I remember September 11, 2001.
I sent a message to E-MIN subscribers around the world. It was a message from my heart. I would like to share it with you today.
"As the world recovers from the terrible acts of terrorist violence in New York and Washington, D.C., USA, I would encourage you to remember that among the injured, there are those who have no bleeding wounds, no broken bones, and no outward signs of physical injury. They have been deeply wounded emotionally and spiritually, and they need the healing and restoration of God as literally as any who were physically wounded, perhaps more so.
"They do not need your pity, and truly, most do not want it. They need your prayers, your love, and your strength and courage extended to them in a time when theirs has been shattered.
"What I say to you, I say from personal experience, not rhetoric or "religious" sounding words. Having experienced the untimely tragic loss of my wife last year and other catastrophic circumstances, I can personally attest that only God can turn such a tragedy into triumph.
"Do not let this be just one more sensational news report. Make a sacrifice of your time and pray for them from your heart!
"YOU CAN MAKE A DIFFERENCE, of that I am certain. I survived because people cared and reached out to me with their love and prayers, making a difference in my life at a time and in a way that I could not help myself. You can make that same difference in someone's life!
"Be willing to share with these injured your love, your prayers, and the message of hope and restoration that is found only in Jesus Christ."
That was my message to the world one year ago.
Touching responses poured in from around the world. I have posted some of those on the website. Click here to read them.
From my own pain and loss I have come to understand a profound truth. A simple truth. 1Pain is Pain.
I think about it when I am talking with others and listening to their problems. "Pain is pain." The words resound deep within me. It is not necessary for me to feel exactly what they are feeling. All I need to know is that they are hurting. I know what it feels like to hurt.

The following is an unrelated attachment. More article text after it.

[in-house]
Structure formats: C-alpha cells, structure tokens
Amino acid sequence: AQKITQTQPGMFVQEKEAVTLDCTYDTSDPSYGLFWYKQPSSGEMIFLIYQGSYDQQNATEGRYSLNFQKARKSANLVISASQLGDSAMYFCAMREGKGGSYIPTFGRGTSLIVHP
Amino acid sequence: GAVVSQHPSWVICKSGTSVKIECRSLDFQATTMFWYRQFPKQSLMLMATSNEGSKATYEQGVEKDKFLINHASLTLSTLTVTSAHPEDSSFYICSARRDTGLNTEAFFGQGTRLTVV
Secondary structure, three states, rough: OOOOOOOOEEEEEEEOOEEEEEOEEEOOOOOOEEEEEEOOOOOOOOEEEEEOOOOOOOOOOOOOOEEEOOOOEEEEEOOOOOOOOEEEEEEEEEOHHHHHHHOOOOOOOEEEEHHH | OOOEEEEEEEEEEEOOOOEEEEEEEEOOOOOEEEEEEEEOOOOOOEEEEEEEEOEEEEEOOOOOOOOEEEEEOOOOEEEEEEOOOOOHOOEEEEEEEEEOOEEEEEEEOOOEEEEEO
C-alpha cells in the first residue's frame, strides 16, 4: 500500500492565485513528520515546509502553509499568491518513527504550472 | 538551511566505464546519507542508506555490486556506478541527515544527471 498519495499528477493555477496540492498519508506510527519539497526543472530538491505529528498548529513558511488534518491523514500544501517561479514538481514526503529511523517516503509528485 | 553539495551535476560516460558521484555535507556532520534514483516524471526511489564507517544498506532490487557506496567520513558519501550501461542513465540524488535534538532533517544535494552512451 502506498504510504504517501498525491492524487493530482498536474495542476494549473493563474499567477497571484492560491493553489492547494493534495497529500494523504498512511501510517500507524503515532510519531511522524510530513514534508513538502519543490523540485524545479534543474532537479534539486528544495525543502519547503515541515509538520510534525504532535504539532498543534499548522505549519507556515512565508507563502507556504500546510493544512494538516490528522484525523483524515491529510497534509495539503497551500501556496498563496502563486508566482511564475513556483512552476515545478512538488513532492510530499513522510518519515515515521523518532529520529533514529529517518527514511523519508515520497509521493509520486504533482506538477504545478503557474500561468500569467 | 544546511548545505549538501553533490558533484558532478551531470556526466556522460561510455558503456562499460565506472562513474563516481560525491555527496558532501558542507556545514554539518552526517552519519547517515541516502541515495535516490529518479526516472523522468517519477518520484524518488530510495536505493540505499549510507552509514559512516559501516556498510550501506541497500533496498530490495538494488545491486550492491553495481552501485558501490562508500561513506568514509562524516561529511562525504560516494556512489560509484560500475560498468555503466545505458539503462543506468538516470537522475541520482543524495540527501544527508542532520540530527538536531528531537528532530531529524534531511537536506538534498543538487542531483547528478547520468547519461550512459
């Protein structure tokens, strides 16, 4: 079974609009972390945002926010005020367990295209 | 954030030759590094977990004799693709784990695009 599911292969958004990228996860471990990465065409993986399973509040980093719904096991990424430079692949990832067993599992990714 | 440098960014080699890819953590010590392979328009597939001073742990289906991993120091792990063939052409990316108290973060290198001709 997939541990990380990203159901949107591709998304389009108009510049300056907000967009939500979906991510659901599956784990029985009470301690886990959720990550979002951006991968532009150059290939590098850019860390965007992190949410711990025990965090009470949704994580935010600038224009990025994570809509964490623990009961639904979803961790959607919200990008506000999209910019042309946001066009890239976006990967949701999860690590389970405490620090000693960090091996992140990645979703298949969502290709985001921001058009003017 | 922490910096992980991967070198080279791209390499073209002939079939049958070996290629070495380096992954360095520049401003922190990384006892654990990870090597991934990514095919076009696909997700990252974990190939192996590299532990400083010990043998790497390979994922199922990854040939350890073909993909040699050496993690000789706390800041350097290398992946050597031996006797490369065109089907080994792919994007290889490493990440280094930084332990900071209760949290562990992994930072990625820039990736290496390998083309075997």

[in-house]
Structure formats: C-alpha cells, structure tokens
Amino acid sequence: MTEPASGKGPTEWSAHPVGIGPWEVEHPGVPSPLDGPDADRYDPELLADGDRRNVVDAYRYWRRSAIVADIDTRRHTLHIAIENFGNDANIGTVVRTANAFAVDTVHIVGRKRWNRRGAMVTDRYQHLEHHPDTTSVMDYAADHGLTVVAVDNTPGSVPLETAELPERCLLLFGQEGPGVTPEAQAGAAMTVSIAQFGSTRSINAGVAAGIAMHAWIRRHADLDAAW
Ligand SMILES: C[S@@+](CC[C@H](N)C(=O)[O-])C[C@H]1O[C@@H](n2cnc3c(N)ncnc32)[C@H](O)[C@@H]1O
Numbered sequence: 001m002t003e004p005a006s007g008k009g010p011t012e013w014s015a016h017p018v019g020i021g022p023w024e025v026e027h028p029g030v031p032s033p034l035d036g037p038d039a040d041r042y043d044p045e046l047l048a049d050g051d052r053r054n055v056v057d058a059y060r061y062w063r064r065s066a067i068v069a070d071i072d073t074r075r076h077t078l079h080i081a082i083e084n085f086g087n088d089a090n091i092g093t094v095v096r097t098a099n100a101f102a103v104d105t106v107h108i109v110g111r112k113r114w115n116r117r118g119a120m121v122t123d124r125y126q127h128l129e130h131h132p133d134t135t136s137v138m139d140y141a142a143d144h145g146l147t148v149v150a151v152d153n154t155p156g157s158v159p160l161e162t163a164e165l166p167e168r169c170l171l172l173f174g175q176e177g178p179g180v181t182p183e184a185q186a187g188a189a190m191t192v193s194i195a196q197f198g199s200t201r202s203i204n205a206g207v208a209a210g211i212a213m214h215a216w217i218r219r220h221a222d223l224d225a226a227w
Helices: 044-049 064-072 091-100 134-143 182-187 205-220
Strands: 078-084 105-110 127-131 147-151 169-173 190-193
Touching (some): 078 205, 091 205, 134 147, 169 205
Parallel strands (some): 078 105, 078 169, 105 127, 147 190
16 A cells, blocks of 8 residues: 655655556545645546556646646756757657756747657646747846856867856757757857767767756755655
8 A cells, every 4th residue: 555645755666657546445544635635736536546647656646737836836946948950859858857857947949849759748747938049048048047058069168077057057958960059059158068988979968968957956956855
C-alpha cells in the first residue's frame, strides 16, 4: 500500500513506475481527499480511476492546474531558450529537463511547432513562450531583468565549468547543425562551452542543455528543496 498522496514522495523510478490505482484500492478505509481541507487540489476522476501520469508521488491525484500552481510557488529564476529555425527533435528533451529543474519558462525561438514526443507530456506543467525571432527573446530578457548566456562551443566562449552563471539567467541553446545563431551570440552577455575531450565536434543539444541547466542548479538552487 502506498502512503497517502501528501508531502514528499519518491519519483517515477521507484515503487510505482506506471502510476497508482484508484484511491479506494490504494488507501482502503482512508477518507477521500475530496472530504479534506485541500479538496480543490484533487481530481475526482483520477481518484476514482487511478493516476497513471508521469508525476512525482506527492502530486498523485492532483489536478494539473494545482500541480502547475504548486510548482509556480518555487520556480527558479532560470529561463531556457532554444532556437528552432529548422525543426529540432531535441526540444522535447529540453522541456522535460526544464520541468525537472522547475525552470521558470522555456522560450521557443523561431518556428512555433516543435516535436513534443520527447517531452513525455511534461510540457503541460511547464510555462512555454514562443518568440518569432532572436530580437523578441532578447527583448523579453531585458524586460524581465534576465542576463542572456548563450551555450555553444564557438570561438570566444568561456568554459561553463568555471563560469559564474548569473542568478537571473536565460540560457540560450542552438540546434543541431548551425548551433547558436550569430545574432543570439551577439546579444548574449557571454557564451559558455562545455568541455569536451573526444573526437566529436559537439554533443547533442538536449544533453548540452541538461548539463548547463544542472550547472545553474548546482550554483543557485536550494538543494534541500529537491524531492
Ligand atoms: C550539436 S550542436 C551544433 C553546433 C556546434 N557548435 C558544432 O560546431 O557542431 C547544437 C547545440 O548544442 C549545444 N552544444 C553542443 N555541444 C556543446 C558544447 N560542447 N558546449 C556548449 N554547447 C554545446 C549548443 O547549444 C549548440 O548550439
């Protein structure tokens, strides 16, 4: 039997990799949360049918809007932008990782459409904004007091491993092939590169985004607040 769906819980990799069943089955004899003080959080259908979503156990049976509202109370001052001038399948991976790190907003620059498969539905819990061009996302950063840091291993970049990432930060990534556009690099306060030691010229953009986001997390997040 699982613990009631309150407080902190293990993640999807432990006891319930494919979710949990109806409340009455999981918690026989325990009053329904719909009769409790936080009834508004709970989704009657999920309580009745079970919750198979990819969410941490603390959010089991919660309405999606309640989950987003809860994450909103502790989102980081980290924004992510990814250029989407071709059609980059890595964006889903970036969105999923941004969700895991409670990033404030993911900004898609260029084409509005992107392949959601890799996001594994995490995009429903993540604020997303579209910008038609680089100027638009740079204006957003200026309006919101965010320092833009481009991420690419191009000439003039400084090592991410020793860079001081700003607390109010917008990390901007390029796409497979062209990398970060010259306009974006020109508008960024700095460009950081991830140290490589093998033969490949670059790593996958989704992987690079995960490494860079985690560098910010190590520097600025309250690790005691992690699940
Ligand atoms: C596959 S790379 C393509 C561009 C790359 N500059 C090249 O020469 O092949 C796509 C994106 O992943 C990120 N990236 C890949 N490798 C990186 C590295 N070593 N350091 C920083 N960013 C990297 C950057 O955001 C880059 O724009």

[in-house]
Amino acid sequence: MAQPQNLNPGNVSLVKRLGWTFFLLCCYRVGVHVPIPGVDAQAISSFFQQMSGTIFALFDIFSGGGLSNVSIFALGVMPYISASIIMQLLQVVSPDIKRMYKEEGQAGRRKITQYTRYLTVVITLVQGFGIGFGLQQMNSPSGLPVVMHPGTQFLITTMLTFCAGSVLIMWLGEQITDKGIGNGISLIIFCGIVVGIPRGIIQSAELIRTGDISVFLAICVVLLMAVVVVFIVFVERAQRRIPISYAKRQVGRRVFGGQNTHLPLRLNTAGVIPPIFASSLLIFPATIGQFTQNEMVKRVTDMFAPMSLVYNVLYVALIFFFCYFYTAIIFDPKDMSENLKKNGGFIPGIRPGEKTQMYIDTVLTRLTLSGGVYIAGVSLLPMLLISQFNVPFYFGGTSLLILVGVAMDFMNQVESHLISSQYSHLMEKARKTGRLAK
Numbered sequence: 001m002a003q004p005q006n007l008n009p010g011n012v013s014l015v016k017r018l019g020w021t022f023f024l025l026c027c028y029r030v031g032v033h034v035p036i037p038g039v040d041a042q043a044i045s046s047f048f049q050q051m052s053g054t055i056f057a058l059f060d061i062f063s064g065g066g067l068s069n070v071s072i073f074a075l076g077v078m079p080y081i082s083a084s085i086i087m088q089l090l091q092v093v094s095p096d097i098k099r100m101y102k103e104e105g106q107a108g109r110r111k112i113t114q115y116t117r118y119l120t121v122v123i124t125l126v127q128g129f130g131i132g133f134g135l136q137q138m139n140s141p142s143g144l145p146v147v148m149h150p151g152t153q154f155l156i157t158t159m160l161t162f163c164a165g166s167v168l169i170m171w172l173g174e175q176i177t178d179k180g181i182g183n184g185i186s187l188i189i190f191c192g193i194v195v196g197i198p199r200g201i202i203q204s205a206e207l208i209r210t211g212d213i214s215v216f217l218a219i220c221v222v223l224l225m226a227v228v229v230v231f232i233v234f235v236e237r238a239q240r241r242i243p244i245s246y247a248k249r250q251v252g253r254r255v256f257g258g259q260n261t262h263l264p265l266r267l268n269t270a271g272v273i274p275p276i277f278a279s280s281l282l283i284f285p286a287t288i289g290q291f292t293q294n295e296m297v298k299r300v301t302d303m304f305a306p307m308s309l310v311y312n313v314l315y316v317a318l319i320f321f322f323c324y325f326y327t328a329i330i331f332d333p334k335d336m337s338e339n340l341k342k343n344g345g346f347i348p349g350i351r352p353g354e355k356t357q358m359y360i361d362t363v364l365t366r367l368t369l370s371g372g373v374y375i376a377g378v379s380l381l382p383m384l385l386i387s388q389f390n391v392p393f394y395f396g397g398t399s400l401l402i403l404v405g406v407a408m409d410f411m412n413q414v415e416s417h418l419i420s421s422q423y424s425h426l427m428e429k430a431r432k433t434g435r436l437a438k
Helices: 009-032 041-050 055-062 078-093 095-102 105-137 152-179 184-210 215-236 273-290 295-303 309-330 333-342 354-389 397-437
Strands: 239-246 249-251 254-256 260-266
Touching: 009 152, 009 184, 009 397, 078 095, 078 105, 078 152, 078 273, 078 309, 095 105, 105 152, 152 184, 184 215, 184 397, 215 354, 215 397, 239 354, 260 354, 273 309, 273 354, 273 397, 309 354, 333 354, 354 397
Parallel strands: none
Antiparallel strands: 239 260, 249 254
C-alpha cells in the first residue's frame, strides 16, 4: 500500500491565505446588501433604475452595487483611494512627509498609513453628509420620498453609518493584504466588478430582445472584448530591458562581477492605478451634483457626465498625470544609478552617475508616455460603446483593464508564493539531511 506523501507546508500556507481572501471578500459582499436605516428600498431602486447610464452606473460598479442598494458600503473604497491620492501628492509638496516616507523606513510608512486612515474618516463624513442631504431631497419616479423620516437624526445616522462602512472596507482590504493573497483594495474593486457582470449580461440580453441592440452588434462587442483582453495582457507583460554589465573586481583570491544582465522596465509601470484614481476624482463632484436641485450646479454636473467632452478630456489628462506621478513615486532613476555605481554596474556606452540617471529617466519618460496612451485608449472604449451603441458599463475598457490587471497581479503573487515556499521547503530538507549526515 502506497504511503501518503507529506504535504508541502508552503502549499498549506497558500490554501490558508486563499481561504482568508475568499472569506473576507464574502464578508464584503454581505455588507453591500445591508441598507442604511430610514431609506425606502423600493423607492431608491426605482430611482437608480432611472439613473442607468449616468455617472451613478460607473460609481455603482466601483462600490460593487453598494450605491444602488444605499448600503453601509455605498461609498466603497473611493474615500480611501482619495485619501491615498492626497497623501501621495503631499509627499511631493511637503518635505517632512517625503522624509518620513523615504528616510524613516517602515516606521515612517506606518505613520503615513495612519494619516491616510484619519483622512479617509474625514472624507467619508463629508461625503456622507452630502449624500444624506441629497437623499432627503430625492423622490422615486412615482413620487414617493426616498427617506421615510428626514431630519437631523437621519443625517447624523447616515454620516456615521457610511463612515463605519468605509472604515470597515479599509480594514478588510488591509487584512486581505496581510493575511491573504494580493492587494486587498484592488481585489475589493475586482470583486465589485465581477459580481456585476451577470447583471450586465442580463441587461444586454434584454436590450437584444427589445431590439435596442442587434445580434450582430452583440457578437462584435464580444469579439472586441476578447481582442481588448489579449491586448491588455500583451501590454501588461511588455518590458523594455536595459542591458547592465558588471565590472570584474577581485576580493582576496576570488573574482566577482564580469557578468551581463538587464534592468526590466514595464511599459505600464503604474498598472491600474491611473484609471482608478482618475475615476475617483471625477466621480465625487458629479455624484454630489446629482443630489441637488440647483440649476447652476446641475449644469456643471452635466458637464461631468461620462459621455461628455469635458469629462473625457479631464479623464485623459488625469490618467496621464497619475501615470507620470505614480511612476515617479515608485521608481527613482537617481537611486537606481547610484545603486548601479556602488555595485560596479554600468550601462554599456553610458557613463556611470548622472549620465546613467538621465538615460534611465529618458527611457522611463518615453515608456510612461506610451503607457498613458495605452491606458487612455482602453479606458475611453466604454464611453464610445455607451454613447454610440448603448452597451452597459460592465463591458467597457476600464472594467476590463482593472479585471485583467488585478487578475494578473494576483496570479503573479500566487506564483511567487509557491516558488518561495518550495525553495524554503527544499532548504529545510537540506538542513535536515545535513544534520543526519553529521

I would like to share with you an experience I had as a young boy growing up in rural Alabama.
2In the sixties, Civil Rights legislation had been enacted, racial segregation was abolished, and tensions were high. But laws are easier to change than people.
In our little town, we had a grocery store near a railroad track, known as "Mr. Henry's". I could sit on the wide concrete steps of Mr. Henry's and watch the trains go by.
One day, after a train had passed, I saw two boys of another "race" coming across the tracks with a dog.
As I watched, I began to notice their dog. I had a dog too.
Then a thought flashed into my mind. A thought I had never heard before. More than a thought. This thought became an observation. Then a concept. Then a value.
The thought was, "Their dog looks just like mine."
I suppose that in my "little boy's" mind I thought that "their" dogs should somehow look different than "our" dogs.
They were just boys, and I was a boy, and "their dog looked just like mine". So, what WAS the difference? There was no difference.
From that day on, I didn't "get it". I never wanted to "get it" again for the rest of my life. I saw no reason to hate "them" without a cause. (I "got" that!)
I believe God "spoke" to me that day. He just whispered a simple thought in little boy's mind and heart that would change his life forever.
That day changed one little boy's life.
September 11, 2001 changed many little boy's lives.
The wounded were diverse. They came from different places. They spoke different languages. Their skin may have looked different than yours. But understand this: Their blood, shed one year ago, looks just like yours. Their tears, shed one year ago, look just like yours. And when you look into their eyes and see the pain of their loss, their eyes look just like yours. And mine.
So I ask you today, what is the difference? There is no difference. If the terrorists has understand this truth one year ago, there would not have been a "9/11" tragedy.
Something wonderful was awakened in us that day. But already, the hot passion of compassion has begun to diminish. For many, 9/11 is becoming little more than a memory.
Many are still hurting. But the pain of loss does not fade so quickly as the heat of compassion.
Remember also, that the wounded and hurting are not limited to New York and Washington D.C. There are wounded and hurting people all around you, perhaps, even sitting next to you this morning.
Be willing to reach out to one another in love, care, and compassion. Do not allow "9/11" to become a memory of sensational photographs and tragic statistics, rendered sterile by the passing of time.
Love passionately. Care deeply. Let the fire of compassion burn within you. Reach out to those who are hurting.
And allow the love of God to flow through you to a hurting world.
We thank You for Your limitless mercy and grace, Your unconditional love extended to us in a time when ours has been shattered, and Your unfailing promise that the darkness and the night will not endure forever, but that joy comes in the morning.
We look forward to a new day in our lives, in our city, and in our nation, a day that only You can bring to be.
We have sown in tears. Your promise is that we shall reap a certain and sure harvest of joy if we do not faint.
Help us to keep the fires of compassion burning HOT, and help us to exemplify Your character, Your ways, and Your love to a hurting world that so desperately needs to see genuine Godly love in action.
Thank You, Father, for loving us. We love You with all our heart.
In Jesus' name, so be it. Amen.
(c) 2002 G. Randall Vaughn ALL RIGHTS RESERVED
1 Adapted from the "Lessons from Life" message titled Pain is Pain
2 Adapted from the "Lessons from Life" message titled If Jesus had a dog